Rootwait is a Linux kernel command line parameter that makes the kernel wait (indefinitely) for a root device to show up. This can be useful for devices that are detected asynchronously such as USB or MMC medias. This post, however, is not really about rootwait. Instead, it is about something that every programmer have and will encounter.
Continue reading “The missing rootwait”
Usually when working with USB thumb drives, memory cards and hard drives, the partitioning can be easily done just by plugging them to a Linux (or Windows) PC and using a partitioning application such as fdisk. However, with embedded devices it is sometimes more practical to write the partition table to a file instead of directly writing it to the memory device. This can be the case with embedded MMC (eMMC) memories which are soldered directly to the device and cannot be connected to a PC for partitioning.
Continue reading “How to create master boot record (MBR) file on Linux”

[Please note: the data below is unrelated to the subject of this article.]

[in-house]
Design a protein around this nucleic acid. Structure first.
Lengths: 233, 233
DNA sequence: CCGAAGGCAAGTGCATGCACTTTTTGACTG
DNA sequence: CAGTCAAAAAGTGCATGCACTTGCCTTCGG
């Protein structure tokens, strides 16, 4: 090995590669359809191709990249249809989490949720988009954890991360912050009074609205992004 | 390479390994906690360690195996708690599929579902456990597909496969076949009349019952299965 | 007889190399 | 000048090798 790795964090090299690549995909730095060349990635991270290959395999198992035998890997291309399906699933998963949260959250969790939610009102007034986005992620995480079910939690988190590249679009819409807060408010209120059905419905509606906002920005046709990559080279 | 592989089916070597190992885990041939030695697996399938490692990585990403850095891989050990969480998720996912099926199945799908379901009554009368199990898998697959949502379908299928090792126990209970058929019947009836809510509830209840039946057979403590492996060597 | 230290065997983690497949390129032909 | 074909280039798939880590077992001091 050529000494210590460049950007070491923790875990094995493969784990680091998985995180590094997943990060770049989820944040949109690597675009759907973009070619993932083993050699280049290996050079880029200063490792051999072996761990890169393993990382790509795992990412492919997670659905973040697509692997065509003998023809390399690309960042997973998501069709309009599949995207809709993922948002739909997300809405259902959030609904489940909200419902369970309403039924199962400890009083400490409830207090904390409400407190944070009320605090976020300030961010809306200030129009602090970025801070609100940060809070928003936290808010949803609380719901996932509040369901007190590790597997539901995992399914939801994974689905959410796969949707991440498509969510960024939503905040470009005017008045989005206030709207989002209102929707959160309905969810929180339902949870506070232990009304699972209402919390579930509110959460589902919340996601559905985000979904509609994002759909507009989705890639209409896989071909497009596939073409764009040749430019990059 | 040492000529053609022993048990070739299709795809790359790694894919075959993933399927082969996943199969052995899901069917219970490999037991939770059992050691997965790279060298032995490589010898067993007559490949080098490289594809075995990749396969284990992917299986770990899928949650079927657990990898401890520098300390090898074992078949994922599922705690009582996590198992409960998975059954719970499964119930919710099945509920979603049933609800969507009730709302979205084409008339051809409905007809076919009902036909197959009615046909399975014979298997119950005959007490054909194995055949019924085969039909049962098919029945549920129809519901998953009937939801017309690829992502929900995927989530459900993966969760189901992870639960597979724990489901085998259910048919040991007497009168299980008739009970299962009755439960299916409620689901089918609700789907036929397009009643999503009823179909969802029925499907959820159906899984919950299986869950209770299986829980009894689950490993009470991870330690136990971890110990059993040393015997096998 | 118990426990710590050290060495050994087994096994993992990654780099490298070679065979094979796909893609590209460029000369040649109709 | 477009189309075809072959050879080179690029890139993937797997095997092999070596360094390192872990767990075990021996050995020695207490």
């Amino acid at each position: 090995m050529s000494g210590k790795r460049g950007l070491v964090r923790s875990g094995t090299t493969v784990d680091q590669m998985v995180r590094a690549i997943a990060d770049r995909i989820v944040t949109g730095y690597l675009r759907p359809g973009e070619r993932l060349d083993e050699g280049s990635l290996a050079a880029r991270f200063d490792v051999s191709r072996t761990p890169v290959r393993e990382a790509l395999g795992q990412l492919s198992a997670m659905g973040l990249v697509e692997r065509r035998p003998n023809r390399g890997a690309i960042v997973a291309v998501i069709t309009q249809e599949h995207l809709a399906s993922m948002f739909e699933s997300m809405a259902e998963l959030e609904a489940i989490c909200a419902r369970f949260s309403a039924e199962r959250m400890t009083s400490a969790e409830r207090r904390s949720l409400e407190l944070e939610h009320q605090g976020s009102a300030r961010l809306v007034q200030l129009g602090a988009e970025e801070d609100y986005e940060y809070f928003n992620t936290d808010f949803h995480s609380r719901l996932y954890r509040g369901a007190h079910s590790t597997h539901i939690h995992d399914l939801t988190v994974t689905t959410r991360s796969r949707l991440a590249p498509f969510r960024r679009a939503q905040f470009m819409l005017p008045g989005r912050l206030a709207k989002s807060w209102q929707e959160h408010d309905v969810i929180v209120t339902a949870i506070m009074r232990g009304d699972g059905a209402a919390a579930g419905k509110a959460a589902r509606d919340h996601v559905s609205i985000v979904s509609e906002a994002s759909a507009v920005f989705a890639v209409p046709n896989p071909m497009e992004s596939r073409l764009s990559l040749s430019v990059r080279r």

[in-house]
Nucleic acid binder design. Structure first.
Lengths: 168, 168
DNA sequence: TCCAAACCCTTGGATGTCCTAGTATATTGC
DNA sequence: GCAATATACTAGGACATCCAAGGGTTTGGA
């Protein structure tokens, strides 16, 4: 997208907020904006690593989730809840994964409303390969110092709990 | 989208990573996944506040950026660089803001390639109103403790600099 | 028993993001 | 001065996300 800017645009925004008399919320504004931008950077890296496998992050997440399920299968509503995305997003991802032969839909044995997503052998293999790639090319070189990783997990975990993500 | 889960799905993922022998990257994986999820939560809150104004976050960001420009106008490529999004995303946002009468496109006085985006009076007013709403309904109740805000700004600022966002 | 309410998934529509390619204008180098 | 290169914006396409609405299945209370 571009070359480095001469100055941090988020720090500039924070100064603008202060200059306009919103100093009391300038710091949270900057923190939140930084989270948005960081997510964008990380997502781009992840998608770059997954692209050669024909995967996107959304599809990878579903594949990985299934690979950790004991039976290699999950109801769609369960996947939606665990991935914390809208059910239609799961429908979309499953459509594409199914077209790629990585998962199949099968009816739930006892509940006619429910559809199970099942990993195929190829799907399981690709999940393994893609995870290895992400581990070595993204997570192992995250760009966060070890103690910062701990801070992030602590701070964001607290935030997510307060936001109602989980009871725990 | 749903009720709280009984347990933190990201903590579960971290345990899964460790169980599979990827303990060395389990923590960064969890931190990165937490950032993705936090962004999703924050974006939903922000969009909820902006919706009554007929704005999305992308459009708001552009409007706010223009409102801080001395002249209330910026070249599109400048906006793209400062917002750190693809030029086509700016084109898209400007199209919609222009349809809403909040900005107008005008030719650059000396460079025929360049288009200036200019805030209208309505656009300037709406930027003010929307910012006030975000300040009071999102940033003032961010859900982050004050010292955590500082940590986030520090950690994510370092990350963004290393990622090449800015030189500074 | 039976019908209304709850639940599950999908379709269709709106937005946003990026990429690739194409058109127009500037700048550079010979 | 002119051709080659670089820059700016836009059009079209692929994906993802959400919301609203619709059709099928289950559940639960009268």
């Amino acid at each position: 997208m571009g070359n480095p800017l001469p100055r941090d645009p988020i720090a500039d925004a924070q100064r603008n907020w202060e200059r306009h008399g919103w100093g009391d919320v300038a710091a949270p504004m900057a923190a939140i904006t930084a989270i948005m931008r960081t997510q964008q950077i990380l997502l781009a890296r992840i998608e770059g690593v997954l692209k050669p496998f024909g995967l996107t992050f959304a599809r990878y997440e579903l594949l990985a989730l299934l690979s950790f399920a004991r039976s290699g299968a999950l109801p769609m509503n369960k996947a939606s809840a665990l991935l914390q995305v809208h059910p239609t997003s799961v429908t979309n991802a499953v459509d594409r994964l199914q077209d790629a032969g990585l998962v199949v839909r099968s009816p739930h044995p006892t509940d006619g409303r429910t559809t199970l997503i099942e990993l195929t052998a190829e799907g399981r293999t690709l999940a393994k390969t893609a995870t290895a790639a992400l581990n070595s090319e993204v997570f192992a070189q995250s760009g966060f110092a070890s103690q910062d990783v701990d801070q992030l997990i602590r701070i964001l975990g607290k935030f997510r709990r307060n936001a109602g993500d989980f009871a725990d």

When working with embedded systems, the software is only a part of the whole product or device. Usually there is also customized hardware involved, and some parts of the software are very low-level and hardware dependent. With embedded Linux most parts of the software can quite easily be covered by unit testing on a Linux host. Yet, there are always some parts which need to be tested with the actual physical hardware. Using the right tools this testing can also be automated.
Continue reading “Automated Robot Framework tests for embedded Linux devices”
Welcome to the the Page Fault blog!
For a while I have been thinking about starting a blog on software. Sharing things I find interesting, and also solutions to problems I encounter in my day-to-day job.
It is a good practice not to write duplicate code, and it also applies to blog writing. So, more details about the blog can be found from the About page.